When I talked to Tanya Egan Gibson, author of How to Buy a Love of Reading, about interviewing for my blog and she suggested that everyone in her group answer the questions, I loved the idea. I thought it would be great to hear how different members answered the same question. Especially when Tanya offered to pull everything together & create a composite interview from everybody’s answers. So…without further ado, I give you The Tuesday Night Writers.
- Cyndi Cadi
- Chris Cole
- Amanda Conran
- Tanya Egan Gibson
- Tom Joyce
- John Philipp
- Jill Rosenblum Tidman
- Maya Lis Tussing
- David Winton
- Jon Wells
BL: Your group formed out of a writing class that was taught by Stephanie Moore. When she passed away, you all decided to stay together as a writing group. That must have, in some ways, been hard. What helped each of you make that decision?
Cyndi Cady: It didn’t really feel like a decision…it was more of a vow. Losing Stephanie was really hard, not just professionally but personally, and us staying together and continuing to learn from each other keeps her alive for all of us, I think.
JRT: It just seemed like the best, maybe the only, way to honor what Stephanie gave us all—an energy and enthusiasm for our writing that made all our efforts feel worthwhile and our individual goals seem achievable and necessary.
TEG: I’d never met people I trusted more with my writing—people I knew cared about friendship as much as writing, and who believe, as Stephanie did, that you grow as a writer (and a person) by supporting each other rather than competing. By the time Stephanie passed away, I loved these people.
JP: Keeping the group together kept Stephanie alive in our hearts and minds and we continued to get the nurturing we’d enjoyed before she passed on. Also we have developed a unique climate of trust so we don’t have pull any punches in a critique and know it will be well received.
Chris Cole: I didn’t have anywhere else I felt comfortable. I began really writing with these folks. They helped me identify a thread I could hold onto, and the last thing I was going to do was let go.
MLT: Staying together was a no-brainer. It’s like asking sorority sisters/fraternity brothers what keeps them connected. Shared experience, mutual affection and being part of a support system.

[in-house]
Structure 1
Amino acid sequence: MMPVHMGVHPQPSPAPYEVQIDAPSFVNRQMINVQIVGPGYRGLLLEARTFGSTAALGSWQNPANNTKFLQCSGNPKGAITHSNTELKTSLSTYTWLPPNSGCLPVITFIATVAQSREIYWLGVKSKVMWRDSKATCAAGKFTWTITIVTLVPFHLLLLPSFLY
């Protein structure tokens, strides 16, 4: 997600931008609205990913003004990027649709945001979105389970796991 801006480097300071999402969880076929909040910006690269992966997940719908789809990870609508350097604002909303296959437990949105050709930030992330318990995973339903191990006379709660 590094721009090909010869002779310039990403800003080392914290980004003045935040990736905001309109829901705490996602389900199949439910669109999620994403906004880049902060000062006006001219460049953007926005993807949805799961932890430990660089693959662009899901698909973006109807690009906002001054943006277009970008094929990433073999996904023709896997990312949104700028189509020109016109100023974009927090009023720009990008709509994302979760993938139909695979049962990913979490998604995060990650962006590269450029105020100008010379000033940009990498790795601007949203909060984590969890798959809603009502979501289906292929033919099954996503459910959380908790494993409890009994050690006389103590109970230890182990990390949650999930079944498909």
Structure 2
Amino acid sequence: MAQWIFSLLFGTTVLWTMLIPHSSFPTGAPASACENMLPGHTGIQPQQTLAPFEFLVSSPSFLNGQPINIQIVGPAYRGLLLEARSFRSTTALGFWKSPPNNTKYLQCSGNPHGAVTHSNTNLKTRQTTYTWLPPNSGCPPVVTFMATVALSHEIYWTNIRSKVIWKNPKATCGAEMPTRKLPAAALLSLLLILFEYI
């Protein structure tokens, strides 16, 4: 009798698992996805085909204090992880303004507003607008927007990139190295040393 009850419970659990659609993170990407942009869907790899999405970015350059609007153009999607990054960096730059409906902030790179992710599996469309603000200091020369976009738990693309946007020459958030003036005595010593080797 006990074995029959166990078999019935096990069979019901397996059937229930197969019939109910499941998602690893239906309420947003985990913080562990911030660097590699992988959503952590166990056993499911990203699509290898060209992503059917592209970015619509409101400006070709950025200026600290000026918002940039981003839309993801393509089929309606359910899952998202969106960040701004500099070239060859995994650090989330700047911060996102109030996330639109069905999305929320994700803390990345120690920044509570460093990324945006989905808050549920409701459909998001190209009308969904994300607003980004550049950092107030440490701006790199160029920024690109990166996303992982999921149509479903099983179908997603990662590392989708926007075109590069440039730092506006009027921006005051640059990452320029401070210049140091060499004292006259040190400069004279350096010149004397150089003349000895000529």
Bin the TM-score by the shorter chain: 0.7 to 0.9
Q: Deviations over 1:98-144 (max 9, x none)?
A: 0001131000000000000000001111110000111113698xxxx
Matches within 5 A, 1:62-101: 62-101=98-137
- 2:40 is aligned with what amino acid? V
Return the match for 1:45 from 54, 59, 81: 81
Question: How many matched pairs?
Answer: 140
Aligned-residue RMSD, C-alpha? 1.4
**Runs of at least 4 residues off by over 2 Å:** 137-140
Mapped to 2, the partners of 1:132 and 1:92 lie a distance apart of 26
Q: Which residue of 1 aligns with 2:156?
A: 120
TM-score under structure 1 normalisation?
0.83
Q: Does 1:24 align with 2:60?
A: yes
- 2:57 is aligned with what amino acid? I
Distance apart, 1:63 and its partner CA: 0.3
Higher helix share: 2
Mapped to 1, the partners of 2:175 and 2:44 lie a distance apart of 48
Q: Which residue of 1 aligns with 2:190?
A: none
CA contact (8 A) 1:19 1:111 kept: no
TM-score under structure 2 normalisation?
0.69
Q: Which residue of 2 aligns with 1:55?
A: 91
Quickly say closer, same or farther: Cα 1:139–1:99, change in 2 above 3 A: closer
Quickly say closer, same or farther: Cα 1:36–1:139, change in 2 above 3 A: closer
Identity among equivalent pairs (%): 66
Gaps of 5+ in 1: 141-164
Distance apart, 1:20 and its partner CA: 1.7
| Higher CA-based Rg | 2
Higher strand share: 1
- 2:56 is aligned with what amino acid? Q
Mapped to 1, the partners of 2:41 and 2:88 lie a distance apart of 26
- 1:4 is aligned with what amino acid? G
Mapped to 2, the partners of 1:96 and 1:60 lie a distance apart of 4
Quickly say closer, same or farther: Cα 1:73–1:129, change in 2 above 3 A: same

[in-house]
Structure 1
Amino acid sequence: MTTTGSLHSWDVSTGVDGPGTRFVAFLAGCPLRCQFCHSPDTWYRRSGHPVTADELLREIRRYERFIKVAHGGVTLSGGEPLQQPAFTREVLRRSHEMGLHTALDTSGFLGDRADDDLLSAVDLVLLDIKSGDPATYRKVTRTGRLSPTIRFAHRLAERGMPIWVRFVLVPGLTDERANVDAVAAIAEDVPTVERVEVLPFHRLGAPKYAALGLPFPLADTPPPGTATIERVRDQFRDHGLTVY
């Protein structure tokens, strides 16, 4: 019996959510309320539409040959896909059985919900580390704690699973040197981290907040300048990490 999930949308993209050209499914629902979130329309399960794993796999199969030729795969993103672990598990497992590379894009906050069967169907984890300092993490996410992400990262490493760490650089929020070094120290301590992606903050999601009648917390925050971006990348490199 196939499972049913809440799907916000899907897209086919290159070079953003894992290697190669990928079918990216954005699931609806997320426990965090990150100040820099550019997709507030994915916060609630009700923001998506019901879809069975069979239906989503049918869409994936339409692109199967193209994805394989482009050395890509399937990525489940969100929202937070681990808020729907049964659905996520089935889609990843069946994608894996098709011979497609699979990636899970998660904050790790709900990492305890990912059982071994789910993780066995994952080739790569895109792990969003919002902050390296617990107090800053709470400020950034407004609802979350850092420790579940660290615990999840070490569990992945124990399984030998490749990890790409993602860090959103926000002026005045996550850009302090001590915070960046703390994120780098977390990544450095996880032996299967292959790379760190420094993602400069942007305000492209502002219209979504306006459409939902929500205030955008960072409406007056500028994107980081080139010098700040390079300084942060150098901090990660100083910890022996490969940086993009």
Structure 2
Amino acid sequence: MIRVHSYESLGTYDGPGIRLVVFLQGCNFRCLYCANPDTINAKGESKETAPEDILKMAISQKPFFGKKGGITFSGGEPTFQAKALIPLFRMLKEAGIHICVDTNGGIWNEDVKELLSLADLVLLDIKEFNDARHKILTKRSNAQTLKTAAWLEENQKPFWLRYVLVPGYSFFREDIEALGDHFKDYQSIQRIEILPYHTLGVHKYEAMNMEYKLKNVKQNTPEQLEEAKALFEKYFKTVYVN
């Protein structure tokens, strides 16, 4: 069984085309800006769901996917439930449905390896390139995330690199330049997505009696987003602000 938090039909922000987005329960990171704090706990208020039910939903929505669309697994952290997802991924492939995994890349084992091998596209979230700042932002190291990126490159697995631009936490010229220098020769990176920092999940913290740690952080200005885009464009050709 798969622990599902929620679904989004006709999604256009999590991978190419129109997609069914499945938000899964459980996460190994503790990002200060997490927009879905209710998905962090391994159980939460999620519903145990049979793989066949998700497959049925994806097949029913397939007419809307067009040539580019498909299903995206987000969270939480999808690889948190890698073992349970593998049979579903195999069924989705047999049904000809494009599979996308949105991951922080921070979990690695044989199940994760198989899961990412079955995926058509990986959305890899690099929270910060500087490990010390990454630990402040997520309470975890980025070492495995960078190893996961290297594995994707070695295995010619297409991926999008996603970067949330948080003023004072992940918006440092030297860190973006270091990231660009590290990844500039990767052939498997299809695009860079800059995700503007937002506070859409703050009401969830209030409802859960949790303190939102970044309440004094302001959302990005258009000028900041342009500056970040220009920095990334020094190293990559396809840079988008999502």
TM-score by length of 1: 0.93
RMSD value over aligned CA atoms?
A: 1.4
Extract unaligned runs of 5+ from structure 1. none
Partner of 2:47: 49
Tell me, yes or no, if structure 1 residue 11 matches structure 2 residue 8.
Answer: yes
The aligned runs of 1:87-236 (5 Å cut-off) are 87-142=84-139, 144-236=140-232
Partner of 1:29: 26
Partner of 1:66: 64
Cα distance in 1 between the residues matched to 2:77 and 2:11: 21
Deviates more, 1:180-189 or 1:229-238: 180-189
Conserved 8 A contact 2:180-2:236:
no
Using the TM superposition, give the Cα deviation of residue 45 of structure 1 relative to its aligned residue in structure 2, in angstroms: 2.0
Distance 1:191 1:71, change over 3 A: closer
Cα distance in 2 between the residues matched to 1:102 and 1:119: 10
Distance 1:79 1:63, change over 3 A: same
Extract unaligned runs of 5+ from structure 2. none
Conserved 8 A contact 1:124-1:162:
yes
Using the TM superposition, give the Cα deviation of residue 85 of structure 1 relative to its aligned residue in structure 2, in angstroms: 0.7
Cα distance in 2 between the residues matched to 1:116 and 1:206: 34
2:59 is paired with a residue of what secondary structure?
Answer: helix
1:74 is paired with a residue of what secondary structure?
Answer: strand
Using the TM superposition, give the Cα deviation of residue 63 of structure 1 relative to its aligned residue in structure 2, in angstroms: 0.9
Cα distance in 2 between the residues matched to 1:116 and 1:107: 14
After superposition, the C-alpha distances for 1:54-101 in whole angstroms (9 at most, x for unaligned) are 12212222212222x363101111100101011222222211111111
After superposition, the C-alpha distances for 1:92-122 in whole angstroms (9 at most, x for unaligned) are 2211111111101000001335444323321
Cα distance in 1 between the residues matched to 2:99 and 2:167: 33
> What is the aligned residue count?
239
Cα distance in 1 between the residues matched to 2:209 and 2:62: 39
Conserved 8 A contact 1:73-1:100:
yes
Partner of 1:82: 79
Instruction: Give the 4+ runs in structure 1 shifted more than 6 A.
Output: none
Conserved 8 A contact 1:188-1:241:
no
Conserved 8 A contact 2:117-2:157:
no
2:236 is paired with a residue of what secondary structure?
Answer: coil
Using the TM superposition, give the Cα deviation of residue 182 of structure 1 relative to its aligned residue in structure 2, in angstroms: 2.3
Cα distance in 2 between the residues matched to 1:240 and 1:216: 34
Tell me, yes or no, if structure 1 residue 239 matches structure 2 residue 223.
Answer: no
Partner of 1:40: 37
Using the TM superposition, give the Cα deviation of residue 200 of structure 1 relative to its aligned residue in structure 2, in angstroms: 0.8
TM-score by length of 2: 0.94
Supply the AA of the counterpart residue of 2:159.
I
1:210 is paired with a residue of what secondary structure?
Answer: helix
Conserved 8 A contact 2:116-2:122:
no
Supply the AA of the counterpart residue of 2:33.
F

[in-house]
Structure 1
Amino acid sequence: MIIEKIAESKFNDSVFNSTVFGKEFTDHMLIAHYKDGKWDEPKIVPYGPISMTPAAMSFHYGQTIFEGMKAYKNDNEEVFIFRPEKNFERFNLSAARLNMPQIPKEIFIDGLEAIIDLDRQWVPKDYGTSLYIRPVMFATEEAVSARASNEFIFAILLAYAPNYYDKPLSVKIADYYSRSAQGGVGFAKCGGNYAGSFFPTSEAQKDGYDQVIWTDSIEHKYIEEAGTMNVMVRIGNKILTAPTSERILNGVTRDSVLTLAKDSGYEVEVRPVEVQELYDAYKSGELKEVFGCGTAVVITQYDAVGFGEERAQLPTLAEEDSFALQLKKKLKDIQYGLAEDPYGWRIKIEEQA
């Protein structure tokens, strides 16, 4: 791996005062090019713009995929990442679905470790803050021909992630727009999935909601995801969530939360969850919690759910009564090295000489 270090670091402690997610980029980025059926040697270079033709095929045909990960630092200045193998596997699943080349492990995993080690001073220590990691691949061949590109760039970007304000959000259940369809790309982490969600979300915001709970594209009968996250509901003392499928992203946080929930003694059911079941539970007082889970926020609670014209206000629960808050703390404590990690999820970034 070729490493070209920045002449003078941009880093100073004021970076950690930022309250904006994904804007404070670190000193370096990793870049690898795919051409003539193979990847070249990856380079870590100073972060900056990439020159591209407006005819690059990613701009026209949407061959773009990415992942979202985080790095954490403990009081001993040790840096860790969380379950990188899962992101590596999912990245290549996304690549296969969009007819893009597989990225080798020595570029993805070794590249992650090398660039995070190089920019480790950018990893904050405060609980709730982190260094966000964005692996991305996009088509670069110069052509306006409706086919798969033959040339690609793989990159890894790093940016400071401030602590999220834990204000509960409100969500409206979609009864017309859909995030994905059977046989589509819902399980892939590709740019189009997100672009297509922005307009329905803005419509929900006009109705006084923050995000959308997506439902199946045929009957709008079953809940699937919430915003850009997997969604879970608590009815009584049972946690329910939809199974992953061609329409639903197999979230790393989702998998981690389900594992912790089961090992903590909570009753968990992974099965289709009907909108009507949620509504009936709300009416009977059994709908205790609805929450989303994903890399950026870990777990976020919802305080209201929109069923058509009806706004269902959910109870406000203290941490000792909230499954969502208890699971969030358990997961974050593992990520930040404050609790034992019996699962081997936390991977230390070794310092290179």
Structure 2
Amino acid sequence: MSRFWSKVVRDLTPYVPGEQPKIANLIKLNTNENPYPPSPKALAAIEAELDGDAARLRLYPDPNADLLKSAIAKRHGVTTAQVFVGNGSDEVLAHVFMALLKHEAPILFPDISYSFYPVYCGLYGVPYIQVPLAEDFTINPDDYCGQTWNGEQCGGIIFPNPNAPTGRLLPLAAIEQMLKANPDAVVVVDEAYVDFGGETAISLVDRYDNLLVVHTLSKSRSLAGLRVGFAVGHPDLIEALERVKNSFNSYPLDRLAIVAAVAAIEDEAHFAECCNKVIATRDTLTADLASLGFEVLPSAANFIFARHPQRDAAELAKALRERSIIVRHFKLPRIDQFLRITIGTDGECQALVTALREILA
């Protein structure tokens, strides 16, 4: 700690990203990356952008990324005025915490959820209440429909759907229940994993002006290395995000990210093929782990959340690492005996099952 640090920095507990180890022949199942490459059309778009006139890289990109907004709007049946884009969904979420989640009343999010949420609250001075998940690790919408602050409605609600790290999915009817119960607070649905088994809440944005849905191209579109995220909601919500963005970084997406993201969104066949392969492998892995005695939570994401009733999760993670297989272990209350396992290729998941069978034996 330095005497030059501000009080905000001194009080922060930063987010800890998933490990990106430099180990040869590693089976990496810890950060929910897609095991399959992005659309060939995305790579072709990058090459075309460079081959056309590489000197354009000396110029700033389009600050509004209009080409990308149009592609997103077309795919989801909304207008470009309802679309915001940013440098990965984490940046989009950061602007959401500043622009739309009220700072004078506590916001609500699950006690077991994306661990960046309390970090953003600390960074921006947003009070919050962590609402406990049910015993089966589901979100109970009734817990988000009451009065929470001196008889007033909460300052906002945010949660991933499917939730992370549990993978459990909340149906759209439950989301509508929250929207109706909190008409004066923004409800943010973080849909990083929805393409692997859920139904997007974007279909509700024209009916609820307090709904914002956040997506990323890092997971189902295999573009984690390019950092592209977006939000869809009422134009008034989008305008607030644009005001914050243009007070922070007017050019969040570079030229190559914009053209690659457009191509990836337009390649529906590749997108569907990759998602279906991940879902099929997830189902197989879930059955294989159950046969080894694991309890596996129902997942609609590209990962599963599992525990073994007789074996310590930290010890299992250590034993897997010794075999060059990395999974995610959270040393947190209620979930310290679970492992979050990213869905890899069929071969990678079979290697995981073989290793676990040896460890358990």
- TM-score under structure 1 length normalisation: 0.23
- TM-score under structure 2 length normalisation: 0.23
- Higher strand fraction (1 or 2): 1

TJ: Stephanie doubted [her students] could hang together as a group, and she was right to some extent. Most of her classes went their separate ways, but there was a small, hardcore group of us—the infamous “Tuesday Night People”—who were just ornery enough to want to prove Stephanie wrong…for once.
JW: Losing Stephanie was hard, but the decision to stay together was the most natural thing in the world. By that time we were very close. Breaking up the group because Stephanie wasn’t there would be like breaking up a family because your favorite cousin passed away. We’ll always miss her, and always wish she were still there, but just like a loss in a family, in many ways, it made us closer.
AC: I wanted to honor the part Stephanie played in our lives. I’ve always felt we should meet until we’re all published! And then keep on meeting anyway. I want to prove that Steph was right to believe in us as she did.
BL: You can read John Philipp’s essay about Stephanie Moore here. Also, Stephanie’s daughter, Nyla Moore-Rodgers founded Mama Hope–“a non-profit organization focused on building self-sufficient communities in Sub-Saharan Africa”–in honor of her mother.
BL: It sounds like you don’t have a consistent schedule for submitting manuscript pages and delivering critiques. Instead, you provide writing prompts at each meeting, then read and critique short pieces if someone is ready for feedback, and you do longer critiques by email. Why do you choose this kind of looser format than a more structured give-and-receive set-up?
Cyndi Cady: Schedule, schmedule! We all have a lot of stuff going on, and who needs another deadline? Just showing up gives me a sense of forward motion, even if I don’t bring anything new to read. I’ve gotten a lot of writing started from prompts, and I think the ease and informality is part of what makes it possible to keep going.
TEG: Our group has been together so long that I think we all trust that the amount of time and attention each person’s work gets will end up equal in the long run. So we tend to allot time and attention in a way that feels organic to us rather than structure the give-and-receive in an everyone-gets-X-minutes way.
JRT: As someone who puts plenty of pressure on herself with regard to writing, the looser meeting format takes the pressure off and allows for the group meetings to exist as opportunities to get and give support and to grow. The prompt format we took from Stephanie, and for me it works great in terms of generating new material. I probably use 90% of what I write with the group.
BL: Your members write in a large variety of genres—from literary fiction to action novel. Can you tell me what benefits you get from including so many styles in your group? In what ways do you have to stretch yourselves to provide critiques?